Mortgage Rates Grind Higher on Positive News – March 9, 2012
There are two big pieces of news today that could impact mortgage rates: 1) the Greek debt swap was successful, 2) this morning’s employment report was stronger than anticipated. Normally we would expect to see rising mortgage rates with two pieces of positive news. However, rates are not rising as much as I anticipated.
The Greek debt deal was completed last night, and somewhere around 85% of investors agreed to a swap. I believe that after collective action clauses are used to compel others to comply with the deal, participation will be somewhere around 95%. I still contend that Greek will need to leave the Eurozone and ultimately go back to using the Drachma. The fact of the matter is that Greece is in the midst of a depression, and will have to enact more austerity measures to comply with terms of a forthcoming bailout. Austerity+economic depression=no good. I think this situation is bound to deteriorate even more in the coming months. Nevertheless, the can has been successfully kicked down the road for the time being.
This morning’s payroll report was stronger than anticipated. Unemployment was stagnant at 8.3%, but 227k jobs were added in February. There were also upward revisions to December and January’s jobs reports. Expectations were for +210k jobs, so this is a fairly positive report. However, it is worth noting that 12.8 million Americans are unemployed, and 5.4 million have been out of work for six months.
As I am writing this, mortgages have started to sell off more rapidly. I think that we are ultimately going to see a slow grind toward higher rates over the coming weeks.
A Few of Our Popular Rates and Products*:
|Mortgage Product||Mortgage Rates||APR|
|30 Year Fixed Conventional Mortgage||3.625%||3.741%|
|20 Year Fixed Conventional Mortgage||3.500%||3.661%|
|15 Year Fixed Conventional Mortgage||3.000%||3.060%|
|30 Year Fixed FHA Mortgage||3.625%||4.975%|
|15 Year Fixed Conforming Jumbo||3.500%||3.670%|
|30 Year Fixed Conforming Jumbo||4.375%||4.474%|
|5/1 Adjustable Rate Mortgage||2.375%||2.752%|
|5/1 Adjustable Rate Conforming Jumbo Mortgage||2.750%||2.711%|
***Mortgage change frequently. These rates were quoted at 1:10 A.M., on March 9, 2012. Call 877-868-2503 for more details.***
Today’s News, Links, and Things I’m Reading:
BLS: Nonfarm payrolls rose by 227,000 in February. The unemployment rate remained at 8.3%.
Reuters: Greece Averts Immediate Default, Markets Skeptical. I think skepticism is the word of the day. I don’t think this is the last we’ve heard on this matter.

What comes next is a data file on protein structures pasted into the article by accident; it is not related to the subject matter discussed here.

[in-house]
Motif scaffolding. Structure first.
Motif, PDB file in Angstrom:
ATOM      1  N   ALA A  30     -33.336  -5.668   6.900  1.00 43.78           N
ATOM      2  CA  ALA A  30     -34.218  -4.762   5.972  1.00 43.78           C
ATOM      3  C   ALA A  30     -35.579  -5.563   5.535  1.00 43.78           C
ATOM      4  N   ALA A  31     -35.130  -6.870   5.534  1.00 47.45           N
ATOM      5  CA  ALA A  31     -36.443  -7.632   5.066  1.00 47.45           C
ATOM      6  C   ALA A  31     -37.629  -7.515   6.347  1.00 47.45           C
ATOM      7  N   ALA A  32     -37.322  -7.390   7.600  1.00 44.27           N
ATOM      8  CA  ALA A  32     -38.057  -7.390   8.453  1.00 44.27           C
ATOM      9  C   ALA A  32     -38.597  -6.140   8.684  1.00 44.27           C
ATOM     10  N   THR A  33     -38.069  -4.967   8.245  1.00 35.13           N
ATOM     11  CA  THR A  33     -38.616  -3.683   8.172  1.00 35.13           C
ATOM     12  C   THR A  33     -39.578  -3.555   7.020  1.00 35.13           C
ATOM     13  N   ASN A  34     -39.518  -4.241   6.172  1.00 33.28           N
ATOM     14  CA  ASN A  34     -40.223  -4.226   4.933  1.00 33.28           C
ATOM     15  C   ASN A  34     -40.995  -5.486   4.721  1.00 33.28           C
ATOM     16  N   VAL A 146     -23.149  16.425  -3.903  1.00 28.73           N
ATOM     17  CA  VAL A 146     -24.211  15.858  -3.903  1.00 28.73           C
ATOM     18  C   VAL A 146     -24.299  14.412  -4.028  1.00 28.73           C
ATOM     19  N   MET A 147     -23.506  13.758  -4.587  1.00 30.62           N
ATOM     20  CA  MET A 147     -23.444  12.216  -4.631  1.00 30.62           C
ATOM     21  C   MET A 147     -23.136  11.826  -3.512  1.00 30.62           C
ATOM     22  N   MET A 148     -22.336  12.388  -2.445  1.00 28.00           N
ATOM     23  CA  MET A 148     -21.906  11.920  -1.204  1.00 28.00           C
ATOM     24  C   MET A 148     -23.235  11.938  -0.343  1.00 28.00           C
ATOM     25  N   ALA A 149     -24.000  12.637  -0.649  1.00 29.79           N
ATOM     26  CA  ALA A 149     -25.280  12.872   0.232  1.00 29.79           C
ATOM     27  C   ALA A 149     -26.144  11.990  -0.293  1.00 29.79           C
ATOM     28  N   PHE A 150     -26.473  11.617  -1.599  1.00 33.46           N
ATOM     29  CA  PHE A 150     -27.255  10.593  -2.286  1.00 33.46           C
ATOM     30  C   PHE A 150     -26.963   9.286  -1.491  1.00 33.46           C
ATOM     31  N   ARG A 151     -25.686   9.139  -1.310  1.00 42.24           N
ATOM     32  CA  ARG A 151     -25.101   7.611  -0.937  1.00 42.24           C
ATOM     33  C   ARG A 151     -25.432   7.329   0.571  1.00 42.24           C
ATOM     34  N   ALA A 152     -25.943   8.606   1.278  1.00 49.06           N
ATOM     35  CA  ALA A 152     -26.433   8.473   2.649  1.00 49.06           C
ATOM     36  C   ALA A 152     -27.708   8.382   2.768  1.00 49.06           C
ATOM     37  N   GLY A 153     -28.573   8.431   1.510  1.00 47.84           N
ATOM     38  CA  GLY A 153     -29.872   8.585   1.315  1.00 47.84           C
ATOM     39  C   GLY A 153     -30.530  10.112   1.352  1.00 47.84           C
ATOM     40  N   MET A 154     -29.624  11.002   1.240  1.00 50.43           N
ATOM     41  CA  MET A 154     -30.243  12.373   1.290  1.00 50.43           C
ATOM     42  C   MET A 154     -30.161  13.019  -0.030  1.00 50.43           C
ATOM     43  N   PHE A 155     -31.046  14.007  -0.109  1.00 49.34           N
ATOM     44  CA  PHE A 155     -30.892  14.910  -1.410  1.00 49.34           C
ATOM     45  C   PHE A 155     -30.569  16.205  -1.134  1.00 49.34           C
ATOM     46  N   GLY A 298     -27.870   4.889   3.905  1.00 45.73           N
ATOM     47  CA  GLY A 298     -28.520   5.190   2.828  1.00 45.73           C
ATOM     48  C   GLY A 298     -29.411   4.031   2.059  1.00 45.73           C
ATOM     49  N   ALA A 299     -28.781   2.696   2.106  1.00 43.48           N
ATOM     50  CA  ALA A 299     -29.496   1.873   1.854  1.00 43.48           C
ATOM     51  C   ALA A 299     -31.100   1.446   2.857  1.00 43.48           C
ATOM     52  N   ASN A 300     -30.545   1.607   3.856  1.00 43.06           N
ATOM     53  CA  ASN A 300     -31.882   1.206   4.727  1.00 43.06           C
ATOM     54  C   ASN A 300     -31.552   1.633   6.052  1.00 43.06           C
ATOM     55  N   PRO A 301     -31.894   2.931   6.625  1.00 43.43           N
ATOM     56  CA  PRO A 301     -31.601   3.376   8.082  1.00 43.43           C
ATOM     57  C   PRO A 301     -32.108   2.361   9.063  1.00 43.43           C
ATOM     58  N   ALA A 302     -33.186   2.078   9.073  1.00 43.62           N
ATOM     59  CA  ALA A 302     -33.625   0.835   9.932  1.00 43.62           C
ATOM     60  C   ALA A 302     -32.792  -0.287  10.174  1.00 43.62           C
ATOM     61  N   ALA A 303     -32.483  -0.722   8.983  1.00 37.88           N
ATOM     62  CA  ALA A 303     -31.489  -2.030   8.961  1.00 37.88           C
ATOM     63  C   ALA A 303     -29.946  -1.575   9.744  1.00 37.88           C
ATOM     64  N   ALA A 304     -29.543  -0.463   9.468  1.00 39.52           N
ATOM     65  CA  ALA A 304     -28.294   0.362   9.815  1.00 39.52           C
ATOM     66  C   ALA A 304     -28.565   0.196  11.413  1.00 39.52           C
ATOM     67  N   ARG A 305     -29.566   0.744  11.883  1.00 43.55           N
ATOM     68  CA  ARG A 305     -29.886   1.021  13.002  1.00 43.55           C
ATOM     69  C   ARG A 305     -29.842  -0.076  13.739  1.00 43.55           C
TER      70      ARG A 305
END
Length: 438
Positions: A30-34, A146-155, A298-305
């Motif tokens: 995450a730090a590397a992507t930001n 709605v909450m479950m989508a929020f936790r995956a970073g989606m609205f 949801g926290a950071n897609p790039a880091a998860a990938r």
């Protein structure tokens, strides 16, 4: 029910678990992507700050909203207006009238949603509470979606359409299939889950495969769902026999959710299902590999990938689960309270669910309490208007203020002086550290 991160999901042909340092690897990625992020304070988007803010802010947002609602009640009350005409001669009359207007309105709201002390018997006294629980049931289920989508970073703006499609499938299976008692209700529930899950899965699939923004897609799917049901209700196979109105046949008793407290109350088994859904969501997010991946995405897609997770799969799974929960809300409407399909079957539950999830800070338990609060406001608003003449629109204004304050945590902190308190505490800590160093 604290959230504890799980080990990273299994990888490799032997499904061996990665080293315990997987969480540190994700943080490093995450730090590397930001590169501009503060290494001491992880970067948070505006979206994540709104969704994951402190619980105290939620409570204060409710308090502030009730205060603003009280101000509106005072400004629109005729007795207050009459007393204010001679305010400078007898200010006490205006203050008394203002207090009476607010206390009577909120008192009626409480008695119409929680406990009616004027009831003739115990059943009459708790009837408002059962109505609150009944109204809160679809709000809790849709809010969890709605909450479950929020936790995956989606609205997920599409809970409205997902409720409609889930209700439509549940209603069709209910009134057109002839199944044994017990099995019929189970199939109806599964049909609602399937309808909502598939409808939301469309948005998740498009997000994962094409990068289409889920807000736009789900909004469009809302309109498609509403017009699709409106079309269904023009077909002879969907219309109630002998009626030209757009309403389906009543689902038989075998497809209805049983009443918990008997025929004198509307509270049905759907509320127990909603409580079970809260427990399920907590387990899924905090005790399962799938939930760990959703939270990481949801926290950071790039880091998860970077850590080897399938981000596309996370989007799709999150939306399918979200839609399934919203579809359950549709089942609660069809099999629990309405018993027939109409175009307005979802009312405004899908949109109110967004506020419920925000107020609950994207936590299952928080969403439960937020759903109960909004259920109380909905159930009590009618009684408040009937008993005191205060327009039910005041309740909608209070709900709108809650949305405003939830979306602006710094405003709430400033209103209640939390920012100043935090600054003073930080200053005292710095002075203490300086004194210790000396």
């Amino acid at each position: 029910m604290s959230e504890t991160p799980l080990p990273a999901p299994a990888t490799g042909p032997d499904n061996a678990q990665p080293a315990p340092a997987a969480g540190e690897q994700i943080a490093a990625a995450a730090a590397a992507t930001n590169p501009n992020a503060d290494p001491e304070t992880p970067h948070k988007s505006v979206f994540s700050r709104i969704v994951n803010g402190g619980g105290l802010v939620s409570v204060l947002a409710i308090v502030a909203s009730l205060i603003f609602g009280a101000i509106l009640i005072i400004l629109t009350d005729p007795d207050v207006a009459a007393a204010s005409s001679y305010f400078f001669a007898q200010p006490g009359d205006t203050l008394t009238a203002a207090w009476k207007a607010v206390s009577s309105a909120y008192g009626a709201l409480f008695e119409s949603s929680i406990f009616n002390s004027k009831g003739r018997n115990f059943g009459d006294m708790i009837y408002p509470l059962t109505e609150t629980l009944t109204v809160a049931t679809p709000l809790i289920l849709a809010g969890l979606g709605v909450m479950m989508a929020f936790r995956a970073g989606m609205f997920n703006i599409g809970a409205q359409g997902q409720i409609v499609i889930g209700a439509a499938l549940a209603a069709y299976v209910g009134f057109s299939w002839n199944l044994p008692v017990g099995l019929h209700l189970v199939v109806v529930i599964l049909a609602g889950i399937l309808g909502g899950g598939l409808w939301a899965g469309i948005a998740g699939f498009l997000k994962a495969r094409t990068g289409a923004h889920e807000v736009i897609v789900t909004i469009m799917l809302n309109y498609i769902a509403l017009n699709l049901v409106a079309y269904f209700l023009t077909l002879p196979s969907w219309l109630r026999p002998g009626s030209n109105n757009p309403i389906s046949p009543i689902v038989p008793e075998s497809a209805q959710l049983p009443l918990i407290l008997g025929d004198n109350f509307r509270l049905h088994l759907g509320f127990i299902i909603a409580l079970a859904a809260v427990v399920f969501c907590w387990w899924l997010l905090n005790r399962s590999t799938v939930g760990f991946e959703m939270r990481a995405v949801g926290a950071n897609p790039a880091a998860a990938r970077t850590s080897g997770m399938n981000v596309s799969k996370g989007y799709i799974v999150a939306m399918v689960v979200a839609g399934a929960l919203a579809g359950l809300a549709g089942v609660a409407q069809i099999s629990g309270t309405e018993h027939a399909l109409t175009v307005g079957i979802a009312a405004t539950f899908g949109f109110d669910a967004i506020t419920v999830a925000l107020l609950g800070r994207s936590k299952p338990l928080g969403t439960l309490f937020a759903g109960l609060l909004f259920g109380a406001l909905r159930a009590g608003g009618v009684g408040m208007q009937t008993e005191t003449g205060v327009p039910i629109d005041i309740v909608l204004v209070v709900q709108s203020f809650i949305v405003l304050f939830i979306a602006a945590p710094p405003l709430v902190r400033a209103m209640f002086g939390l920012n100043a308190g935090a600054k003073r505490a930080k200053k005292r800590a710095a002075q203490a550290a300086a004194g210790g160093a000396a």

Felix Salmon: The Employment Recovery is Real. We’re heading in the right direction, but I still don’t think the possibility of renewed recession is off the table. I remain unconvinced.
Barry Ritholtz: Why is iPad So Much More Dominant Than iPhone? Really good discussion in the comments section here.
Government Accountability Office: On the Capital Purchase Program: “As of January 31, 2012, 341 institutions had exited CPP, almost half by repaying CPP with funds from other federal programs.”
ProPublica: What the Frack is in That Water? I don’t think I’m getting enough hydrotreated light distillate in my water. Bring on the fracking!
Chicago Tribune: Lowering Our Expectations for Forclosure Settlement. Honestly, my expectations could not be any lower.
Dave Dayen: The Pernicious “Foreclosures are Good” Meme. I find this meme to be incredibly irritating.
Vanity Fair: Ghosts in the Newsroom. Can the Washington Post be saved?
L.A. Times: Banks Foreclosing on Churches in Record Numbers. According to the article, 138 churches were sold by banks in 2011. Apparently they are mostly purchased by other churches. I guess that makes sense.
Boston Real Estate Now: All the Costs of Buying and Selling.
* All rates shown are for 30 day rate locks. Longer locks are available. The APR for conventional loan amounts is calculated using a loan amount of $417,000, 1 point, a $495 application fee, $400 appraisal fee, $799 underwriting fee and a $16 flood certification fee. The APR for jumbo loan amounts is calculated using a loan amount of $500,000, two points, a $495 application fee, $400 appraisal fee, $799 underwriting fee and a $16 flood certification fee. The APR for FHA loan amounts is calculated using a loan amount of $295,000, two points, a $495 application fee, $450 appraisal fee, $715 underwriting fee and a $16 flood certification fee. Some rates and fees may vary by state. All interest rates listed are for qualified applicants with 720 or higher FICO and 80 LTV and are subject to mortgage approval with full documentation of income. All rates are subject to change without notice. All rates shown are for 30 day rate locks with 1 point unless otherwise noted.